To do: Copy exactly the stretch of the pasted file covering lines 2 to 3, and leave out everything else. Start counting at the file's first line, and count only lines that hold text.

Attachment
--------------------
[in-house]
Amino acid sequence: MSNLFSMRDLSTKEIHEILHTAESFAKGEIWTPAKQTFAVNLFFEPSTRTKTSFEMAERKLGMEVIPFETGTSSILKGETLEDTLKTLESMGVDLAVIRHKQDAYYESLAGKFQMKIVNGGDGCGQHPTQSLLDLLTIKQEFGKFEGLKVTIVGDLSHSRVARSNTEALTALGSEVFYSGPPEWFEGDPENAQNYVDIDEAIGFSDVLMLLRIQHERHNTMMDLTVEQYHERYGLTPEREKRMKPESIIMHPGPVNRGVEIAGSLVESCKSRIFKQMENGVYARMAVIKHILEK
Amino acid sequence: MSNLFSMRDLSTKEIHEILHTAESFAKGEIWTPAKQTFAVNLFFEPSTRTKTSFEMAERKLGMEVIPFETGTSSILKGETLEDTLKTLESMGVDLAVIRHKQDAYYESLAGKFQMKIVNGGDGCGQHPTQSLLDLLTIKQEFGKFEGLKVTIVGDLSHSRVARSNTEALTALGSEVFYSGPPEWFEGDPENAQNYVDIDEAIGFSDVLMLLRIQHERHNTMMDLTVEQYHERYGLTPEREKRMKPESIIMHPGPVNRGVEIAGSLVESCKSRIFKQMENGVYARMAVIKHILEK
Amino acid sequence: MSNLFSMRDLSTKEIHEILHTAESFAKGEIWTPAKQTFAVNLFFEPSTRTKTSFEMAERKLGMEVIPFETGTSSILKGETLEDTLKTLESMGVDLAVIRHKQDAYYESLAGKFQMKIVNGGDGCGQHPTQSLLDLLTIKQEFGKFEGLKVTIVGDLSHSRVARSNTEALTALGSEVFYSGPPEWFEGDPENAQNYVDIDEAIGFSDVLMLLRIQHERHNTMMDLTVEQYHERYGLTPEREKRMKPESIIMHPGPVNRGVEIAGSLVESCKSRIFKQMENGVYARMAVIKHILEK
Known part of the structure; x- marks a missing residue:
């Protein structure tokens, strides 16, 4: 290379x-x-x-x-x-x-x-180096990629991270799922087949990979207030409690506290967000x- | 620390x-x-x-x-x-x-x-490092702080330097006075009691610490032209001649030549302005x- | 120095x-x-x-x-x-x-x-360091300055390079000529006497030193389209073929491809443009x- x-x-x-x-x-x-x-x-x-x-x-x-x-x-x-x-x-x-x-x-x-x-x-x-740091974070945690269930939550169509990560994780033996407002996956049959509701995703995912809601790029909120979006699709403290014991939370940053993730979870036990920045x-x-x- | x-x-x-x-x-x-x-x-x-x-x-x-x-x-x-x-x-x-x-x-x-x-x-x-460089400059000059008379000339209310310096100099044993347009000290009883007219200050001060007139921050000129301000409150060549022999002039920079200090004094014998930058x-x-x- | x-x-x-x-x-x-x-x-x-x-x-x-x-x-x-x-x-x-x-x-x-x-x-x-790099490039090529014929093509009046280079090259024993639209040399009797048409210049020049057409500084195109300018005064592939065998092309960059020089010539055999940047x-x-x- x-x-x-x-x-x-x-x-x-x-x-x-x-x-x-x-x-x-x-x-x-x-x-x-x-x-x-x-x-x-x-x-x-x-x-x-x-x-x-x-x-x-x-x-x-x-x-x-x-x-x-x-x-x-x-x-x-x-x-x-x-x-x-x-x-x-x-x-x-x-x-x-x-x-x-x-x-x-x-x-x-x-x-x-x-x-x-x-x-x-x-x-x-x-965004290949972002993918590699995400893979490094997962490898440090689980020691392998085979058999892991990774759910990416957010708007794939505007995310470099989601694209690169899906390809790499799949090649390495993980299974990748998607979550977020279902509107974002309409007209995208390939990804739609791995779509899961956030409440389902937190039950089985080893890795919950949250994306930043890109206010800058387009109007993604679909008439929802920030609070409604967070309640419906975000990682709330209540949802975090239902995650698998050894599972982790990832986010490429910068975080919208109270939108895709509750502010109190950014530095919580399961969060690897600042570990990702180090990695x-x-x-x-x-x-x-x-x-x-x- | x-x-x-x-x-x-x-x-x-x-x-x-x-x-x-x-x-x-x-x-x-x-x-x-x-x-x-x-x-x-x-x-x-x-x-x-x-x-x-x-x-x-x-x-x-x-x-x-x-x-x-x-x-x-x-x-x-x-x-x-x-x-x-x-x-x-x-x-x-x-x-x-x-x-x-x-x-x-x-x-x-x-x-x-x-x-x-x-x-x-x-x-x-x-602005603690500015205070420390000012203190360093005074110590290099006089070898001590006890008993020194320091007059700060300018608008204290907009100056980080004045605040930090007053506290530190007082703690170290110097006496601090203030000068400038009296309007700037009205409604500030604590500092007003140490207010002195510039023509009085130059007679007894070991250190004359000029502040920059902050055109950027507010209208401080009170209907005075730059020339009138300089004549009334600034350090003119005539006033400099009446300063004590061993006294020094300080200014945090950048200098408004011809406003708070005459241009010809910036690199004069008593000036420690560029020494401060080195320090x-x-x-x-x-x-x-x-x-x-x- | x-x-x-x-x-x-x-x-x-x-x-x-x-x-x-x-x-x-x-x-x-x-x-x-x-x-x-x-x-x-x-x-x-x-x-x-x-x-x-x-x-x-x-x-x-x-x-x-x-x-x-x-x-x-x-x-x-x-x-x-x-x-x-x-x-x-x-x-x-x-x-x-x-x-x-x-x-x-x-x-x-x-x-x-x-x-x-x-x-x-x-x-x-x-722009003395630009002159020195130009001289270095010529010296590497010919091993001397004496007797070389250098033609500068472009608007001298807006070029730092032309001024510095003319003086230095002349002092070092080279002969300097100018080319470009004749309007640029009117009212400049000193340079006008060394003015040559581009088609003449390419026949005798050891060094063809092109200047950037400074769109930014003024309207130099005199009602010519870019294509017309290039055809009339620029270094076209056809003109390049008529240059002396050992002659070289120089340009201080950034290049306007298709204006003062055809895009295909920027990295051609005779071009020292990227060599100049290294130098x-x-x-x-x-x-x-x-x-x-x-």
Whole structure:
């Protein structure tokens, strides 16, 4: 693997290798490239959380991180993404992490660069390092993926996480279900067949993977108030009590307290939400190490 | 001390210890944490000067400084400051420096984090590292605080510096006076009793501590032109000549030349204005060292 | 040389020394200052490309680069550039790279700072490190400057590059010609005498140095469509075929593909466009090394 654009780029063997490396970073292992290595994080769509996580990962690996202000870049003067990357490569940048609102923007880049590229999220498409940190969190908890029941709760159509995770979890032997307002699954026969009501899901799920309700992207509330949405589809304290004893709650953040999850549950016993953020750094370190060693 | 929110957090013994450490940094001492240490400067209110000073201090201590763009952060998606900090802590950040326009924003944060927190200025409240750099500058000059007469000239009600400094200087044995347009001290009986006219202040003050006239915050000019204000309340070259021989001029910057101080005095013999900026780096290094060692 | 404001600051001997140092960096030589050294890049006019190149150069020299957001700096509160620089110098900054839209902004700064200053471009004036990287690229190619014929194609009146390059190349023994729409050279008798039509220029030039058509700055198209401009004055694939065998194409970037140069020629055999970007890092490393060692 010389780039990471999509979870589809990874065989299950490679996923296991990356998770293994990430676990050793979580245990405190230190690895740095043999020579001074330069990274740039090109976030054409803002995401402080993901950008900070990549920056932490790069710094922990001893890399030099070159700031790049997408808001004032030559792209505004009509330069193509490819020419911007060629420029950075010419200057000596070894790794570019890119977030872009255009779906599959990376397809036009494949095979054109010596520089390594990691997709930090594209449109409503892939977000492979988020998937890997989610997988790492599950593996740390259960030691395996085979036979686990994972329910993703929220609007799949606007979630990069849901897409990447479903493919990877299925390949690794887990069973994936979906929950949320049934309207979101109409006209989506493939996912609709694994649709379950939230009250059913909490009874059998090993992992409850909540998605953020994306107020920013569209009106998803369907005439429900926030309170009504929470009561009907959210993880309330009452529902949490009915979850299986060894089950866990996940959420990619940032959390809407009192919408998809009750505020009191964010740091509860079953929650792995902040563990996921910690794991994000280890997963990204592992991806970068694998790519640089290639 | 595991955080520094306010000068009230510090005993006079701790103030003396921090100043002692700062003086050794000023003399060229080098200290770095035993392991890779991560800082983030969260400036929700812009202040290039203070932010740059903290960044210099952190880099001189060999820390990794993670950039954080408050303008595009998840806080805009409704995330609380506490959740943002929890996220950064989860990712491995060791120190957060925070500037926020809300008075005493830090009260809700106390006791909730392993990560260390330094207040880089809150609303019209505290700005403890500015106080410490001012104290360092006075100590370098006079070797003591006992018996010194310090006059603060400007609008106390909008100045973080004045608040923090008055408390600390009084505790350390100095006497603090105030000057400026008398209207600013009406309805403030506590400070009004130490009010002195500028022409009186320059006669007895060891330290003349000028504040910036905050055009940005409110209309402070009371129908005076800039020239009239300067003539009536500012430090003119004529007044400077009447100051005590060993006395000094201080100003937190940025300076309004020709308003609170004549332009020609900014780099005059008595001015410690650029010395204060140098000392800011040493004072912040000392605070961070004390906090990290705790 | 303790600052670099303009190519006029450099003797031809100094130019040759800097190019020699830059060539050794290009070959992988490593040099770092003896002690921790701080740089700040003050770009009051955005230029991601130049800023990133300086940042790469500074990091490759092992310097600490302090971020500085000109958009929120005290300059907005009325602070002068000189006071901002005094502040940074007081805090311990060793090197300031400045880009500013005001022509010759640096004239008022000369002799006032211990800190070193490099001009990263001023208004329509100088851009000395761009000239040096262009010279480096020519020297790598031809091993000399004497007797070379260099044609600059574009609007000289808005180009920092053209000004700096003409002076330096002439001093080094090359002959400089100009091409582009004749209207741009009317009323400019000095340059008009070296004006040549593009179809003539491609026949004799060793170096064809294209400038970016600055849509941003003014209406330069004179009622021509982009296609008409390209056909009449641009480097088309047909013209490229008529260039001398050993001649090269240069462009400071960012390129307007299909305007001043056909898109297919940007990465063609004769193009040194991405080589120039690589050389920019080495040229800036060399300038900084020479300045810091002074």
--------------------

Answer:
Amino acid sequence: MSNLFSMRDLSTKEIHEILHTAESFAKGEIWTPAKQTFAVNLFFEPSTRTKTSFEMAERKLGMEVIPFETGTSSILKGETLEDTLKTLESMGVDLAVIRHKQDAYYESLAGKFQMKIVNGGDGCGQHPTQSLLDLLTIKQEFGKFEGLKVTIVGDLSHSRVARSNTEALTALGSEVFYSGPPEWFEGDPENAQNYVDIDEAIGFSDVLMLLRIQHERHNTMMDLTVEQYHERYGLTPEREKRMKPESIIMHPGPVNRGVEIAGSLVESCKSRIFKQMENGVYARMAVIKHILEK
Amino acid sequence: MSNLFSMRDLSTKEIHEILHTAESFAKGEIWTPAKQTFAVNLFFEPSTRTKTSFEMAERKLGMEVIPFETGTSSILKGETLEDTLKTLESMGVDLAVIRHKQDAYYESLAGKFQMKIVNGGDGCGQHPTQSLLDLLTIKQEFGKFEGLKVTIVGDLSHSRVARSNTEALTALGSEVFYSGPPEWFEGDPENAQNYVDIDEAIGFSDVLMLLRIQHERHNTMMDLTVEQYHERYGLTPEREKRMKPESIIMHPGPVNRGVEIAGSLVESCKSRIFKQMENGVYARMAVIKHILEK